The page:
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the 10 most absurdly violent 1980s action films

September 20, 20233 Mins Read

As the fourth Expendables film hacks, shoots and stabs its way into cinemas, audiences may be forgiven for feeling a sense of disappointment. Compared to the casts of the other three pictures, which boasted appearances from icons including Arnold Schwarzenegger, Mel Gibson, Harrison Ford and Bruce Willis, the ensemble for this one – ridiculously, and unpronounceably, named Expend4bles – is distinctly more B-list, with the likes of 50 Cent, Megan Fox and Dolph Lundgren supporting the starrier duo of Sylvester Stallone and Jason Statham. Early reviews, predictably, have not been kind. 

Fans may be mollified by the knowledge that this one, unlike the third in the series, is R-rated (15 certificate in the UK), but even the BBFC’s advice that it contains “occasional gore including severed limbs, decapitations and eviscerations” is unlikely to satisfy the true aficionado of action cinema, who will dismiss this (and the others) as fundamentally tame.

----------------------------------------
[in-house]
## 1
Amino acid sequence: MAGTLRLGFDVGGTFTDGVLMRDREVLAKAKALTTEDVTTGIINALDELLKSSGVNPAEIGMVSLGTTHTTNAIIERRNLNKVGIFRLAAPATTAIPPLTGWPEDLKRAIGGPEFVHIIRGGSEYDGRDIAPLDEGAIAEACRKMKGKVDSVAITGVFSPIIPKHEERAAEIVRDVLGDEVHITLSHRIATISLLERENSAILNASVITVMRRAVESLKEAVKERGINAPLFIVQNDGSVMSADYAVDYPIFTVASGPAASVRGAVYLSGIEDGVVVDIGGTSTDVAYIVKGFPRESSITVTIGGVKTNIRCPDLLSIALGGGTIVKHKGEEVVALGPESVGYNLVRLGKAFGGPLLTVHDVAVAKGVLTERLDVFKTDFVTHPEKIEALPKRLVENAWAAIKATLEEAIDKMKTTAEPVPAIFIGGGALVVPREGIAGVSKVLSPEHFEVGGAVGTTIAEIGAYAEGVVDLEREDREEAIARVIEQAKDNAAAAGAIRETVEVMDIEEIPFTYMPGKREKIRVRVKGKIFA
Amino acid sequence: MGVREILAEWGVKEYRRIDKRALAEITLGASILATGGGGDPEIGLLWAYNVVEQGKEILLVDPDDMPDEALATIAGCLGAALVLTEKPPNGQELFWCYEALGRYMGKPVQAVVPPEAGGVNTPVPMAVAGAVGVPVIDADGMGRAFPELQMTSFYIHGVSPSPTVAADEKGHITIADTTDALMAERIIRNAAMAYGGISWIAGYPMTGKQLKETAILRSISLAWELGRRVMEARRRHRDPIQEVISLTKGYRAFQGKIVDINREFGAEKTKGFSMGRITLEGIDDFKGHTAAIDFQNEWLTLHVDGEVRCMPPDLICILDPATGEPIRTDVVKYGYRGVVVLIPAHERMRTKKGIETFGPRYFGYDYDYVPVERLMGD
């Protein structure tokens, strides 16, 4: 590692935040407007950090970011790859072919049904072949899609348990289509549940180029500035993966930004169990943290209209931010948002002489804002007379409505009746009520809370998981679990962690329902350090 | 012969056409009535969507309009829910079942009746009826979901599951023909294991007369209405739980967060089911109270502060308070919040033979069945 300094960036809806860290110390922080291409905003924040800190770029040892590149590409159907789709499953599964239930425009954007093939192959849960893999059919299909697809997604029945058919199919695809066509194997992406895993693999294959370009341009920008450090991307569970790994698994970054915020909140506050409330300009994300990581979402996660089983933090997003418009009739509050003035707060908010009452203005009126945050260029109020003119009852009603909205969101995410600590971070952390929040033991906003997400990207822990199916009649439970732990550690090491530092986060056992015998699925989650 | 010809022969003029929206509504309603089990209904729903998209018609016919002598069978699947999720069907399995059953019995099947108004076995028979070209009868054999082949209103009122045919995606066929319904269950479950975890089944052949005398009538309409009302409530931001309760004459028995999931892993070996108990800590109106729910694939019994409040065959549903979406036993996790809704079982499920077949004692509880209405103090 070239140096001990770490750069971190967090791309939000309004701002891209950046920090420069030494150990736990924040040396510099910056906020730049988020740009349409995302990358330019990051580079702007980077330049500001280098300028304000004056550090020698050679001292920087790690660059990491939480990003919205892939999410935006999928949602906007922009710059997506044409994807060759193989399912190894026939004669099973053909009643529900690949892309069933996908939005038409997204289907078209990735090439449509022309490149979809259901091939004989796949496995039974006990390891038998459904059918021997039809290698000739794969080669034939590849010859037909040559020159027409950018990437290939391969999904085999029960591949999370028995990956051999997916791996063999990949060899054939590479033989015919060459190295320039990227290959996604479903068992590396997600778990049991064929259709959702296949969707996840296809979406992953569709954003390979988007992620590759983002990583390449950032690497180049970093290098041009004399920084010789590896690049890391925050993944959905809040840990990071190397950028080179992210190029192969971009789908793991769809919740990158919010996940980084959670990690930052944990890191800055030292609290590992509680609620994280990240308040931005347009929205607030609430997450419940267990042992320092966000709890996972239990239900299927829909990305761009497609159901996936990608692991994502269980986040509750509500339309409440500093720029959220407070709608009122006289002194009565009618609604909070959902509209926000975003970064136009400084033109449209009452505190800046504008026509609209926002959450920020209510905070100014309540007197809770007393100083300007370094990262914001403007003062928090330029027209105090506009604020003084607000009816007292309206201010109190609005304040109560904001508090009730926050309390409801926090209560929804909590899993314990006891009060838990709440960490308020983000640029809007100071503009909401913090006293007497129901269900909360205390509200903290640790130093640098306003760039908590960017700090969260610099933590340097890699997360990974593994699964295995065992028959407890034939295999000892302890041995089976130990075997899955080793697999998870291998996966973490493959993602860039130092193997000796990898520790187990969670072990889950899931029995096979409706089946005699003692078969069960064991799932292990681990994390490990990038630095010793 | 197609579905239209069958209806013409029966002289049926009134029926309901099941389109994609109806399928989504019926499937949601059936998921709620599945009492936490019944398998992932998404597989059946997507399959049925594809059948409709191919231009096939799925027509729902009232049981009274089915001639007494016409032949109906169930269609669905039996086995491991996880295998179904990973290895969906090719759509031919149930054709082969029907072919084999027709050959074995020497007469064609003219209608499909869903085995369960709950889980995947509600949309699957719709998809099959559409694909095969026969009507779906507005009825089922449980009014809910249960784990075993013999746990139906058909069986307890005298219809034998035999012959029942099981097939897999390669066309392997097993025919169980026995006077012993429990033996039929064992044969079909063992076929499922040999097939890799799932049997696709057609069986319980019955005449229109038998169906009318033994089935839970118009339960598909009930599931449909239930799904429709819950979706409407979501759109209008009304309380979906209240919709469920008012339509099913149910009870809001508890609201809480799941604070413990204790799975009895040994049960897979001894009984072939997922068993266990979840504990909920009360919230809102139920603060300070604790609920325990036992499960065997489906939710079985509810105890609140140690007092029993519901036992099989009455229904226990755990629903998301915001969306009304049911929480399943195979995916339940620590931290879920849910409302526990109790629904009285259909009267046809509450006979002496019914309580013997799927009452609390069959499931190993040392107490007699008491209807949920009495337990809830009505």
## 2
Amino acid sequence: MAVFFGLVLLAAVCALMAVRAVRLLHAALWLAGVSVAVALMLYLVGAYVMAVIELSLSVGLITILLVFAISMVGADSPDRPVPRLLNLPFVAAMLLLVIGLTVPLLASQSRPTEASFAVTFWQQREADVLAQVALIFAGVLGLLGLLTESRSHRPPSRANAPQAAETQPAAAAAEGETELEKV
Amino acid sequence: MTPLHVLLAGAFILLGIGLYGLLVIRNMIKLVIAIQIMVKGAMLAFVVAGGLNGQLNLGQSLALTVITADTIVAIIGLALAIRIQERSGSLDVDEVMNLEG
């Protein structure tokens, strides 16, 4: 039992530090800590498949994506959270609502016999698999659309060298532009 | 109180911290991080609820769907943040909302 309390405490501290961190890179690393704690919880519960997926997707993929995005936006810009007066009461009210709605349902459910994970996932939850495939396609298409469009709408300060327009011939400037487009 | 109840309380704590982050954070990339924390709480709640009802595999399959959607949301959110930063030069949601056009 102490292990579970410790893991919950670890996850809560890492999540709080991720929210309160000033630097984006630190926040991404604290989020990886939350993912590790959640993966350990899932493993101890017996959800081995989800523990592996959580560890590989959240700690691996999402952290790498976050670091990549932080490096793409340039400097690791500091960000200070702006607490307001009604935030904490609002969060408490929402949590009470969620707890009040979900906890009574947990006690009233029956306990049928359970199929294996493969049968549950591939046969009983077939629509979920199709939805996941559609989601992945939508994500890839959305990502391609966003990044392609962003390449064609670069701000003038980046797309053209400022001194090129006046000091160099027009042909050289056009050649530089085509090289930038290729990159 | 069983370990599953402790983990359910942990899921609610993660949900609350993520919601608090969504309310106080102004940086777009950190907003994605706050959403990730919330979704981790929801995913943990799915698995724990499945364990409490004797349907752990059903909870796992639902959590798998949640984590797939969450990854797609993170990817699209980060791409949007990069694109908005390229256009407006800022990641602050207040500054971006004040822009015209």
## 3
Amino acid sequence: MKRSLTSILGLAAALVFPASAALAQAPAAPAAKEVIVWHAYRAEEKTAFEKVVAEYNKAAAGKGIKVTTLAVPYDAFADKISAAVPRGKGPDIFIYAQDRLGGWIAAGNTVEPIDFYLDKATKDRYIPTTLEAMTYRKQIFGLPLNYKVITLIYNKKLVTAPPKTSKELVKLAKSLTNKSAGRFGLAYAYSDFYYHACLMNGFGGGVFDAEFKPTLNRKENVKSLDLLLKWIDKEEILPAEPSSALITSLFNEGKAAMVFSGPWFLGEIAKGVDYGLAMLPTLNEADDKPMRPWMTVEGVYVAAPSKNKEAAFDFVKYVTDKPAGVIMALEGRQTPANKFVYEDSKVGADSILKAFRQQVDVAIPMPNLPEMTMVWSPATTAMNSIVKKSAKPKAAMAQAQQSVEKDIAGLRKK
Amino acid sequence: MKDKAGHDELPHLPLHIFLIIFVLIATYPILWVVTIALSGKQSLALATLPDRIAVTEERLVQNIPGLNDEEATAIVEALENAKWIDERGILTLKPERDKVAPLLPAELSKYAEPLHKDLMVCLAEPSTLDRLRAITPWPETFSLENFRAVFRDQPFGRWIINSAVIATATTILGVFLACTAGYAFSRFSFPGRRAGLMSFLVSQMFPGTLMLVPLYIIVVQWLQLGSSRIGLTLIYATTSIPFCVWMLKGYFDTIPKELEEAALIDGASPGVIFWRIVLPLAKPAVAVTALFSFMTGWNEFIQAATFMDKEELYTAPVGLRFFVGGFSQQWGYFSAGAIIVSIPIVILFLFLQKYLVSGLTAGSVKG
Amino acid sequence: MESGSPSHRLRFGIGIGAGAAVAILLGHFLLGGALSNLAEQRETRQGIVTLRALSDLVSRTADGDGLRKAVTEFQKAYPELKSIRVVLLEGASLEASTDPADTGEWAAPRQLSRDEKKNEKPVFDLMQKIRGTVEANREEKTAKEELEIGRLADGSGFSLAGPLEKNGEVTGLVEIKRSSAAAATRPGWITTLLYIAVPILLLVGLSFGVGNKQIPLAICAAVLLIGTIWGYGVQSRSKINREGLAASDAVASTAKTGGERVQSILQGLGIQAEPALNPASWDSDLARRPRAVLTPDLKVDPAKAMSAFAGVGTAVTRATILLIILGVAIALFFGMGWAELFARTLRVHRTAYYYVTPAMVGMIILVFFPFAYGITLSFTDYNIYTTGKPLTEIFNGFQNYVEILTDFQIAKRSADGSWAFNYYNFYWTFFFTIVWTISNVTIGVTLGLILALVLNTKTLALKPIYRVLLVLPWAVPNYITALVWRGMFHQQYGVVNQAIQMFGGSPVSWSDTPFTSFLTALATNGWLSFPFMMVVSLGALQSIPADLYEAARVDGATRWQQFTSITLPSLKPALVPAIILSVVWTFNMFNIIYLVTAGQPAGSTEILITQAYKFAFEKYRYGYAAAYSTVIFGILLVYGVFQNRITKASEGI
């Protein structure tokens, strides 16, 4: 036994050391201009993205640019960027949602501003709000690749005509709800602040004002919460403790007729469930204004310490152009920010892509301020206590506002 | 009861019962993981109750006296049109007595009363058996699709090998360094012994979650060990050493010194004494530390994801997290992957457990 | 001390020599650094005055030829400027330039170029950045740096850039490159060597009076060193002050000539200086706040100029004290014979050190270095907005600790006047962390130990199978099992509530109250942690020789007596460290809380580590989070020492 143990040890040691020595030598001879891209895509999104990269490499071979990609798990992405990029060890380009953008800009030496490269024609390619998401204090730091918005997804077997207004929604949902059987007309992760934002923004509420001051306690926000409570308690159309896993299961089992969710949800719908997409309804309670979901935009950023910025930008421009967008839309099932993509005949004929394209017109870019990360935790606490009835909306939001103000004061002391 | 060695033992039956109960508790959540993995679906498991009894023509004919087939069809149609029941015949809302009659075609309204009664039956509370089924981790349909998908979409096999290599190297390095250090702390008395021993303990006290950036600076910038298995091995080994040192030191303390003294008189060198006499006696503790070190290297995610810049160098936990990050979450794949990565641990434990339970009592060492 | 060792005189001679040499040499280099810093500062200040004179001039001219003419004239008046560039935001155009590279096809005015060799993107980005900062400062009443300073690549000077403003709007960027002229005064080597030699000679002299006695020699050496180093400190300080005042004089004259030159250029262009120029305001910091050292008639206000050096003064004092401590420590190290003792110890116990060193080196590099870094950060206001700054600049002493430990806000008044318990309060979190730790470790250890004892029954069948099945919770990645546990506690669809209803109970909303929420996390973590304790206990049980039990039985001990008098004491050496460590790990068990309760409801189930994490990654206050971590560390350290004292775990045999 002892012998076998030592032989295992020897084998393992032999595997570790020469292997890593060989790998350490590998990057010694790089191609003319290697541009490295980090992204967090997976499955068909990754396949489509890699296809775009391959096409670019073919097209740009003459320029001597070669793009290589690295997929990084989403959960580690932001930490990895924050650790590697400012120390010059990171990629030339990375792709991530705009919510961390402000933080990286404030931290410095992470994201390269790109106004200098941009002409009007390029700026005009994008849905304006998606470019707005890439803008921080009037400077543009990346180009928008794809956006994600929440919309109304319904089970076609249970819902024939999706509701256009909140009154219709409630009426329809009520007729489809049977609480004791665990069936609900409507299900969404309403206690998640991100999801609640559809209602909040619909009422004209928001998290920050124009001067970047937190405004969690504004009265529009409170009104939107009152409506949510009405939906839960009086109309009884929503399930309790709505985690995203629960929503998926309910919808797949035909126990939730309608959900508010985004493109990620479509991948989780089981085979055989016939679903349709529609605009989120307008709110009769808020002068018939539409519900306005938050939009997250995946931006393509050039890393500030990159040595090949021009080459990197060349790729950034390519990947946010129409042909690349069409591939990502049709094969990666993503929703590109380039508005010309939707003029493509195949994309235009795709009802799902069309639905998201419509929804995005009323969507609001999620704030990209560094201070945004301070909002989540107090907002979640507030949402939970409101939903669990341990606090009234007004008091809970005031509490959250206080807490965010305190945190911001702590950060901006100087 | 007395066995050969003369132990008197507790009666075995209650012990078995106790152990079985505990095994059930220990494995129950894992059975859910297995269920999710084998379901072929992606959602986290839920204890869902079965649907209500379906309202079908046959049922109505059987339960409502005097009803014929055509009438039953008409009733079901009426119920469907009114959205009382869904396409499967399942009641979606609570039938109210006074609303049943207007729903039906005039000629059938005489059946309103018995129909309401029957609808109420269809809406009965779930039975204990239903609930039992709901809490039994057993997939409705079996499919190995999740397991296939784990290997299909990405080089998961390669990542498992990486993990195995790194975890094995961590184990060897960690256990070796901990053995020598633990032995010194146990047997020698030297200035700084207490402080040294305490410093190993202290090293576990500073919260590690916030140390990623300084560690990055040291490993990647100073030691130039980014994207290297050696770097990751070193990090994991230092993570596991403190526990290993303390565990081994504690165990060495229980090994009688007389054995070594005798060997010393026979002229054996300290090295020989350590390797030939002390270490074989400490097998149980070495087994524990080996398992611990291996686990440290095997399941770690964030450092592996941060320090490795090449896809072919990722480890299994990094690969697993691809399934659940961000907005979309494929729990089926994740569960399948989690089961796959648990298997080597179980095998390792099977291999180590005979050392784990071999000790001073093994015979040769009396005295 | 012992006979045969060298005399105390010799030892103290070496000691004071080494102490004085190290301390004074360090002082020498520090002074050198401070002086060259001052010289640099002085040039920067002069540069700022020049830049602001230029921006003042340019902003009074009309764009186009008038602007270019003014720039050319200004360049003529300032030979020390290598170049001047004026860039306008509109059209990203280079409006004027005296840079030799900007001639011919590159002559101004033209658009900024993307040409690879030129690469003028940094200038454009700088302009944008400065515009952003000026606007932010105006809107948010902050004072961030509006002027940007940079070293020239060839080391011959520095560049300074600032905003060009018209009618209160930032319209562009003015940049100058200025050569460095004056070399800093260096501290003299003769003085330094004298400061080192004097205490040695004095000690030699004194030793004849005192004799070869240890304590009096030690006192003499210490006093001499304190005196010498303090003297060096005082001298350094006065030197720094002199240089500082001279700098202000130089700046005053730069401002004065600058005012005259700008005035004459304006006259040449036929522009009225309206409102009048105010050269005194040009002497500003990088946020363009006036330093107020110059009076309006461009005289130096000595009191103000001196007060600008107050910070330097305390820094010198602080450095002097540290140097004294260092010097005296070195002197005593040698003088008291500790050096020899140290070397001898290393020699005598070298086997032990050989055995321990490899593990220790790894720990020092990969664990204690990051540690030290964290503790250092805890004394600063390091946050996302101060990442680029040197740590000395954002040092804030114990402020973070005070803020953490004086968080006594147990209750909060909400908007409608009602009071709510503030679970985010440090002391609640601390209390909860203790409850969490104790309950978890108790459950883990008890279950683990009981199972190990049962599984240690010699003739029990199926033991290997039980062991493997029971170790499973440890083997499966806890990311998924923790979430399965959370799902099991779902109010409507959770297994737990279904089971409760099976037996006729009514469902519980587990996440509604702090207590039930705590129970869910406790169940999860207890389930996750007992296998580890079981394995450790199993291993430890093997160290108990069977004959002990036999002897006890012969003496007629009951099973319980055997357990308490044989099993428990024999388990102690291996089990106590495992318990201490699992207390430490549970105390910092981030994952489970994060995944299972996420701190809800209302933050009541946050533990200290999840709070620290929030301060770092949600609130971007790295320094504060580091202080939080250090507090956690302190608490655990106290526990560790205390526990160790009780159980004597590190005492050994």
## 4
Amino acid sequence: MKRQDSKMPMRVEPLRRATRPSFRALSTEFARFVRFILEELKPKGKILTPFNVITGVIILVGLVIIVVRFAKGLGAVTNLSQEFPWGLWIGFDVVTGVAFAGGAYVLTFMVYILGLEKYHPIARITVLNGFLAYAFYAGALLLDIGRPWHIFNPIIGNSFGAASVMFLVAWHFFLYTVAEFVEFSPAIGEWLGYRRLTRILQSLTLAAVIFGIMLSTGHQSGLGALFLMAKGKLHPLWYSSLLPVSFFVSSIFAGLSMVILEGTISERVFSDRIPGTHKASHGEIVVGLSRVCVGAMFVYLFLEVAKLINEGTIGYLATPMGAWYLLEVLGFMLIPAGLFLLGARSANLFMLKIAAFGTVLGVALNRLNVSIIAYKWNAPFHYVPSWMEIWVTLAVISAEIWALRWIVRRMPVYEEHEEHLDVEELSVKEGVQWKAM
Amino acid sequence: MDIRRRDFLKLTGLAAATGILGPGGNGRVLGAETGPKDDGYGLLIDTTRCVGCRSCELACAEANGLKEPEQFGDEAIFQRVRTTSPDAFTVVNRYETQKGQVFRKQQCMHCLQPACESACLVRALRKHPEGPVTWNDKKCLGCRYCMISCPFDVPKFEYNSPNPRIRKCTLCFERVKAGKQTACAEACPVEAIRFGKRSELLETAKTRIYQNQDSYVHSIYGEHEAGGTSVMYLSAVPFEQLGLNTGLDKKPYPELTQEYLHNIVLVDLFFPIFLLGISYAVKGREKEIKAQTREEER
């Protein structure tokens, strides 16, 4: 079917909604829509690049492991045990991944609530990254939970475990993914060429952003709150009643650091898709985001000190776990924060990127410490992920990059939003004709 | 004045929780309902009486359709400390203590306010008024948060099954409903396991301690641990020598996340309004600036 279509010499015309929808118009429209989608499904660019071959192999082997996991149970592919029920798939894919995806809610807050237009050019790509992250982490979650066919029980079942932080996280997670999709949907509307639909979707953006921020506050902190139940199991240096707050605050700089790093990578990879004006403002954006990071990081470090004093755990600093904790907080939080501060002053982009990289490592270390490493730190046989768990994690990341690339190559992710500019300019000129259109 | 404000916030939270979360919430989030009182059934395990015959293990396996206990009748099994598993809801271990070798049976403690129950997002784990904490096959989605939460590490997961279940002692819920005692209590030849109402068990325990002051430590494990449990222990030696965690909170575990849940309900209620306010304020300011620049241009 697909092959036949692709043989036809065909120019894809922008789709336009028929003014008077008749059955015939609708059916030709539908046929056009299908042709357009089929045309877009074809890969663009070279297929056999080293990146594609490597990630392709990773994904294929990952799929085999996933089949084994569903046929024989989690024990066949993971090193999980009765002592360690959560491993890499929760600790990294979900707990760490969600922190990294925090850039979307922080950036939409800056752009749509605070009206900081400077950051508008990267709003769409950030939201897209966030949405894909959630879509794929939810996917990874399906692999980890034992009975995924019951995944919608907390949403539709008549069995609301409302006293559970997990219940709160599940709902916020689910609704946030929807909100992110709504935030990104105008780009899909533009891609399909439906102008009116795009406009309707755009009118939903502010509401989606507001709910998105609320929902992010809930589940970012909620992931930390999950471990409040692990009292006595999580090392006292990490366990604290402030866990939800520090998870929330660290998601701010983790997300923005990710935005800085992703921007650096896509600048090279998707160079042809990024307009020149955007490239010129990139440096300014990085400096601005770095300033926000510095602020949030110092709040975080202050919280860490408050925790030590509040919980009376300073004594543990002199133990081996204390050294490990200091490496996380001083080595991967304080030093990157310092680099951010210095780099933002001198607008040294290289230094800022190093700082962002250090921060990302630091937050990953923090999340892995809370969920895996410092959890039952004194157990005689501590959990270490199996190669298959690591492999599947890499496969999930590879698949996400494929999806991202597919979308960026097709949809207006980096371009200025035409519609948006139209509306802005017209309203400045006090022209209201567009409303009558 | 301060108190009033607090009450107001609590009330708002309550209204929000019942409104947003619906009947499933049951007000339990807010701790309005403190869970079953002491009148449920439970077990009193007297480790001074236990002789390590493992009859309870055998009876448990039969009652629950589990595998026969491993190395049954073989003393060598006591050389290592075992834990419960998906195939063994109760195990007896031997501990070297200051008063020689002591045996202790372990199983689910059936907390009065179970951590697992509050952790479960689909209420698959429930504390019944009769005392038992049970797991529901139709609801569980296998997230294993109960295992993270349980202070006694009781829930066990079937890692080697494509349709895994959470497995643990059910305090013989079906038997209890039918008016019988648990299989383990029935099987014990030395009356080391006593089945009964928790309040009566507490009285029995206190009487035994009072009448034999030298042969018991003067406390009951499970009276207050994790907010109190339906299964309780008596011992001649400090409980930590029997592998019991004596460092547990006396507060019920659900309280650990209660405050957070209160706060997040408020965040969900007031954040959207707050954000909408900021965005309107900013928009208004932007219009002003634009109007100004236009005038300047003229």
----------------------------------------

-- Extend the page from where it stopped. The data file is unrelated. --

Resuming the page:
It is with these blood-hungry viewers in mind that we present a selection of the 10 films that the Expendables series might wish to emulate in their levels of violence, but will never come close to their sheer unhinged brio. Most of these pictures could never be described as “good” in any conventional cinematic sense, but all contain moments that, once seen, are never forgotten. 

1. The Exterminator (1980)

James Glickenhaus’s horror-thriller, revolving around a traumatized Vietnam veteran who returns to New York and takes revenge against a gang who have paralysed his army buddy, might be seen as a more violent version of the vigilante picture Death Wish: itself hardly an exercise in tasteful restraint. Glickenhaus commented of The Exterminator’s unrelenting brutality that “television and film had sanitized violence for a long time. Someone points a gun, it goes bang and on the other side of the street some guy goes ‘Aaaaah’ and falls down. But violence is really pretty unpleasant and I thought I had an obligation to portray it that way.” 

A noble intention, but it would have helped if he could have cast a lead actor who could act – his star Robert Ginty does a decent impression of a homicidal plank of wood – and if the script had attempted anything other than a glorification of the protagonist’s increasingly deranged actions. Still, over four decades after its release, it remains a jaw-dropping exercise in brutal excess.

Most brutal scene: amidst a great deal of grimness, first place has to go to the scene in which a mob boss is fed into a giant industrial mincer, in some detail. 

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